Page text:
Cinematheques go Francais

The festival this year will feature a poll by Israeli directors of the best French film ever, and that film will be shown as part of the festival.

Moliere 298.88 (photo credit: Courtesy)
Moliere 298.88
(photo credit: Courtesy)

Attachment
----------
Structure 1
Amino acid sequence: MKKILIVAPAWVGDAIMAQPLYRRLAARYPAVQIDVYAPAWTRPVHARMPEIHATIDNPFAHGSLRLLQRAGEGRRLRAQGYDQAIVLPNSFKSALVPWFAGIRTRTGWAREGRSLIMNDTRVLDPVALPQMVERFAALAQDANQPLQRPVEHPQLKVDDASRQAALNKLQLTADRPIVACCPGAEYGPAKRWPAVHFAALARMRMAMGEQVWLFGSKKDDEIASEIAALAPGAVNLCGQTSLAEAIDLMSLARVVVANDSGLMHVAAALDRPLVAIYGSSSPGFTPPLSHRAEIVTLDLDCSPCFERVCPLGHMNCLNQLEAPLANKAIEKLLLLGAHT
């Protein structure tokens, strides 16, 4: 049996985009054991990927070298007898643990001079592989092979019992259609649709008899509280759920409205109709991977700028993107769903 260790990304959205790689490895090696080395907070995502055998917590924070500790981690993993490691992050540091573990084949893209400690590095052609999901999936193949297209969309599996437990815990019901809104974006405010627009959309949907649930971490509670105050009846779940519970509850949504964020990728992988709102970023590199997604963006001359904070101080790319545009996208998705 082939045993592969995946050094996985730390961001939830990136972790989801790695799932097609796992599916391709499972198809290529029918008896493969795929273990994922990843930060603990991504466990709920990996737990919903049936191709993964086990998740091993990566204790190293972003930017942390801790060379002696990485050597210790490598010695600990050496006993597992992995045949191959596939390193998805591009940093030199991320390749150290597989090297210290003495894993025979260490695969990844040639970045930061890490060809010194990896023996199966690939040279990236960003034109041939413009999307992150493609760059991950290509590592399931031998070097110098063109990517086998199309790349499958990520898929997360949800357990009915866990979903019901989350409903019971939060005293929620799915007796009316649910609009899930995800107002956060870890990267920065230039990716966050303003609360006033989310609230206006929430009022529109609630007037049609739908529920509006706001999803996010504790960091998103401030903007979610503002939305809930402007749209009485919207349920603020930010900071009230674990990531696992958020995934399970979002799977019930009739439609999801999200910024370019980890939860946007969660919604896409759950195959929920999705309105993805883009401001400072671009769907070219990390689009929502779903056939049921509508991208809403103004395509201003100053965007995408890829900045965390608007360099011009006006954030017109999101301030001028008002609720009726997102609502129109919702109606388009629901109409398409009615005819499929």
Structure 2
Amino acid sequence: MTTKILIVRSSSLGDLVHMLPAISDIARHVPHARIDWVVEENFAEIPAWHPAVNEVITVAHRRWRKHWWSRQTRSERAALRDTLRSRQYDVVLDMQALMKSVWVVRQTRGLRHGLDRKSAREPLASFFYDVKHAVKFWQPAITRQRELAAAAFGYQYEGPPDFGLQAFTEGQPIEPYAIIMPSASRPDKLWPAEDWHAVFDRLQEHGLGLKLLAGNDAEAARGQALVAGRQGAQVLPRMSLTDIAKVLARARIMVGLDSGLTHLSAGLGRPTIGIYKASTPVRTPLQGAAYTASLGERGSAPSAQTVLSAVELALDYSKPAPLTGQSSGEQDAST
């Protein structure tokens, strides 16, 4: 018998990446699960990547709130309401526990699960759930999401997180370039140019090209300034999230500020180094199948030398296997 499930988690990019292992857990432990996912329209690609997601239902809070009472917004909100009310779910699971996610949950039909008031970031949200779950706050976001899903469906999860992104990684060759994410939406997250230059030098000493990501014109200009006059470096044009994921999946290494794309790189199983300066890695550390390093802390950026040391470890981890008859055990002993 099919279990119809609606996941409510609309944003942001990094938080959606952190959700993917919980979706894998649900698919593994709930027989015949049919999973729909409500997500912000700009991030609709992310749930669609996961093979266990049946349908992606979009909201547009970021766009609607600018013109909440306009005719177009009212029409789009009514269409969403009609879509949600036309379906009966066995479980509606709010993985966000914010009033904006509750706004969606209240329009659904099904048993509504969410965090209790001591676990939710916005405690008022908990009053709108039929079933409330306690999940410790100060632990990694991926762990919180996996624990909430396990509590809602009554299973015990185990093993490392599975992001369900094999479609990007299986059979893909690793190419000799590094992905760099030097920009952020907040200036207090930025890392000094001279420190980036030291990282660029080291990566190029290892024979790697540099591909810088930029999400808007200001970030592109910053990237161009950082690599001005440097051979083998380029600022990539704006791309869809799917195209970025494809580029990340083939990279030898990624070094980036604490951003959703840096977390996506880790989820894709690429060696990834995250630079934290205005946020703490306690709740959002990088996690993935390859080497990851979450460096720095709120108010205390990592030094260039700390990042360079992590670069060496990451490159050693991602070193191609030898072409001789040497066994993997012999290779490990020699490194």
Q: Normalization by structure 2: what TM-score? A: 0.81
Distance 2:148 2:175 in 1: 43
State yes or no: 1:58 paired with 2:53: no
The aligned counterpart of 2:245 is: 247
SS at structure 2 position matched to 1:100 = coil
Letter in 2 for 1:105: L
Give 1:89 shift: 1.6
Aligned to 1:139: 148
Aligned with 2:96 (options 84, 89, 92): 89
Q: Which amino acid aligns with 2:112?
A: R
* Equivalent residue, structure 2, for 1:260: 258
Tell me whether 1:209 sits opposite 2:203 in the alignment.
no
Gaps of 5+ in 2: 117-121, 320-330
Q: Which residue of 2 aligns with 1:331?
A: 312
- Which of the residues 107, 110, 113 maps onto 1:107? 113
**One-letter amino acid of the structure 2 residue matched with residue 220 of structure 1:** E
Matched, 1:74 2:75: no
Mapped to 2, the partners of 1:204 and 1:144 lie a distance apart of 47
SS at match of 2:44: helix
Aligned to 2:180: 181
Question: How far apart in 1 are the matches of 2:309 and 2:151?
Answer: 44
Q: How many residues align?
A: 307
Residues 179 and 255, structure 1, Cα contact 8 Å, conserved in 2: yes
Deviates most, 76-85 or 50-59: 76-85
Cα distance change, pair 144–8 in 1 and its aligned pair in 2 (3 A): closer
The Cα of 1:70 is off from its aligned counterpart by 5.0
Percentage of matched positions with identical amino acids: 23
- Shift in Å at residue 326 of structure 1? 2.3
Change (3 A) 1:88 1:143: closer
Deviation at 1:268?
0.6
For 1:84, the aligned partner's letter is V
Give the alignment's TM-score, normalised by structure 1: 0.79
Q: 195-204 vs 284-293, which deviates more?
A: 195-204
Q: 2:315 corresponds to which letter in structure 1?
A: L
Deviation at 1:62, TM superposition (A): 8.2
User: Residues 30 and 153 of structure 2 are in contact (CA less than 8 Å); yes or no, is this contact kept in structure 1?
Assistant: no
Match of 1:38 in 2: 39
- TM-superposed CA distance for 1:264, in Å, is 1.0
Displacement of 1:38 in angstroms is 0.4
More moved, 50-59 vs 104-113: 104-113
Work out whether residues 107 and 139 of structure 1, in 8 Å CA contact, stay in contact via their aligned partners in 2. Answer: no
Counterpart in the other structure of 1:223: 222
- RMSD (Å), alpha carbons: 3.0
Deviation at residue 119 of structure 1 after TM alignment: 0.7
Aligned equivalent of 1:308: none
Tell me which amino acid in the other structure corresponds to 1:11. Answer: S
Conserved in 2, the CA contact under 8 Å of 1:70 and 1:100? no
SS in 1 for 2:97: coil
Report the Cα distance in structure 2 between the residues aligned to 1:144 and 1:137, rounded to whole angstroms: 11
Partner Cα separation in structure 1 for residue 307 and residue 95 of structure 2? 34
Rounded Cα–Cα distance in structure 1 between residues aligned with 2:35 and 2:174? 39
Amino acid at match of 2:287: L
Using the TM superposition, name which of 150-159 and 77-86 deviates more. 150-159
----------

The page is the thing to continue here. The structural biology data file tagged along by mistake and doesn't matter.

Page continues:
At one time, audiences looked to French films for originality and artistry. But as the techniques and styles pioneered by the French New Wave in the early to mid-Sixties became part of mainstream cinema, French films have become known for a different set of pleasures: strong storytelling, meticulously crafted and designed costumes and sets, accomplished acting, and star-studded casts, often featuring legendary beauties such as Catherine Deneuve. Moments of French Cinema, the fourth annual French Film Festival in Israel, has these pleasures front and center in the films it is bringing to Israel. The festival will play in the cinematheques in Tel Aviv, Jerusalem, Haifa, Rosh Pina and Sderot, as well as in auditoriums in such cities as Ra'anana, Netanya, Ashdod and Hadera. It opens on April 30 in Jerusalem and a few days later at most of the other cities and runs for several weeks. The festival opens with Moliere, directed by Laurent Tirard. Tirard, who directed Mensonges et Trahisons et plus si affinities which played here a couple of years ago, tells the story of Moliere's life as if it played out like one of his plays. It's not a conventional biopic at all, but an affectionate look at a time in Moliere's life when he was still an unknown young actor who revered tragedy, and how his stay at a country estate and his infatuation with the wife (Laura Morante) of the estate's owner (a very funny Fabrice Luchini) changed the direction of his life by putting him on the path to write and perform original, satirical comedy. It stars Romain Duris, the young heartthrob who played the gangster/musician in last year's The Beat My Heart Skipped, but he's almost unrecognizable here in a shaggy beard. Edouard Baer, who played the struggling writer in Mensonges co-stars as a slimy aristocrat. Ludivine Sagnier, who wore much less in her role as a publisher's daughter in Swimming Pool, plays an arrogant young widow. The festival this year will feature a poll by Israeli directors of the best French film ever, and that film will be shown as part of the festival. In past years, festival guests have included the megastar Gerard Depardieu. This year's guest list has yet to be released. Films in this year's festival include the latest film by Audrey Tautou (The Da Vinci Code), Hors de Prix, Pierre Salvadori's look at a gold-digging young woman who mistakenly woos a quiet bartender. The best-known director to have a film in this festival is Andre Techine (The Wild Reeds, Alice and Martin). His latest, The Witnesses, tells the story of a group of young Parisians coping with AIDS in 1984. It stars Emmanuelle Beart and Julie Depardieau. Melanie Laurent won the Cesar (the French Oscar) for Most Promising Actress for her performance in Philippe Lioret's Je Vais Bien, about a young woman who becomes depressed when her brother runs away from home. Variety called the star-studded Le Heros de la Famille an "over-the-top guilty pleasure." It features Catherine Deneuve, Gerard Lanvin, Emmanuelle Beart (again), Miou-Miou, Claude Brasseur, and Michael Cohen in a film about how the death of a Nice cabaret owner brings sparks unexpected friendships among several of the mourners. Gerald Hustache-Mathieu's Avril tells the story of a novice in a convent (Sophie Quinton), who was left there as a baby and raised by the nuns. When she is about to take her vows, Avril learns from a sympathetic older nun (another performance by the veteran star Miou-Miou), that she has a brother who is alive and she goes in search of him. Jean-Claude Brisseau's Les Anges Exterminateurs looks at a director holding auditions for an erotic film. It stars Frederic van den Driessche, Maroussia Dubreuil and Lise Bellynck. Brisseau himself was found guilty not long ago of sexually harassing actresses on his previous film, Choses Secretes. Born in Mauritania and raised in Mali, director Abderrahmane Sissako has won prizes all over the world for his films and will serve this year on the jury at Cannes. His latest film, Bamako, is set in Mali and juxtaposes the story of a nightclub singer's failing marriage with legal proceedings against the World Bank and the IMF, whom some of Mali's citizens blame for Africa's woes. Another co-production, this one from Moroccan director/actor Faouzi Bensaidi, WWW: What a Wonderful World (not to be confused with a similarly titled Israeli film), is about a Casablanca gangster who falls in love with a traffic cop. Costa Gavras co-wrote the story for Laurent Herbiet's debut film, Mon Colonel. It tells the story of a brutal French colonel in Algeria during the French-Algerian War, played by Olivier Gourmet (the Dardenne brothers' The Son), and a young lieutenant who witnesses his vicious tactics. Famed singer/actor Charles Aznavour has a small role. The off-beat Congorama by Philippe Falardeau, tells the story of a disillusioned Belgian inventor who has always thought he was the son of a celebrated writer. When he discovers he is adopted, he journeys to Quebec to meet his birth family and, along the way, takes a road trip in a hybrid car. It also stars Olivier Gourmet, veteran French star Jean-Pierre Cassel (The Three Muskateers) and Paul Ahmarani. Mon Frere Se Marie by Jean-Stephane Bron, is another tale of adoption and dislocation. It's about a Vietnamese child, one of the boat people, who was adopted by a Swiss family. He has stayed in contact by mail with his biological family and when he decides to marry, his birth mother takes the opportunity to visit. But his adopted family is not as idyllic as he has always portrayed them in his correspondence and this sets the stage for a bittersweet comedy. In Dans Paris, Romain Duris, who also stars in Moliere, plays a young man devastated by a recent break-up, who moves back in with his father (Guy Marchand) and becomes closer to his brother. His mother is played by Marie-France Pisier, the former French starlet who was once set to be the Next Big Thing in Hollywood and starred in The Other Side of Midnight (1977). There will also be several documentaries shown, including India Syndrome about the attraction Westerners feel for India, and a film about the French soccer star Zinedine Zidane. Although some of these films will open in Israel commercially, it is unlikely that all of them will, so it's well worth making a trip to the festival to see any movie that interests you.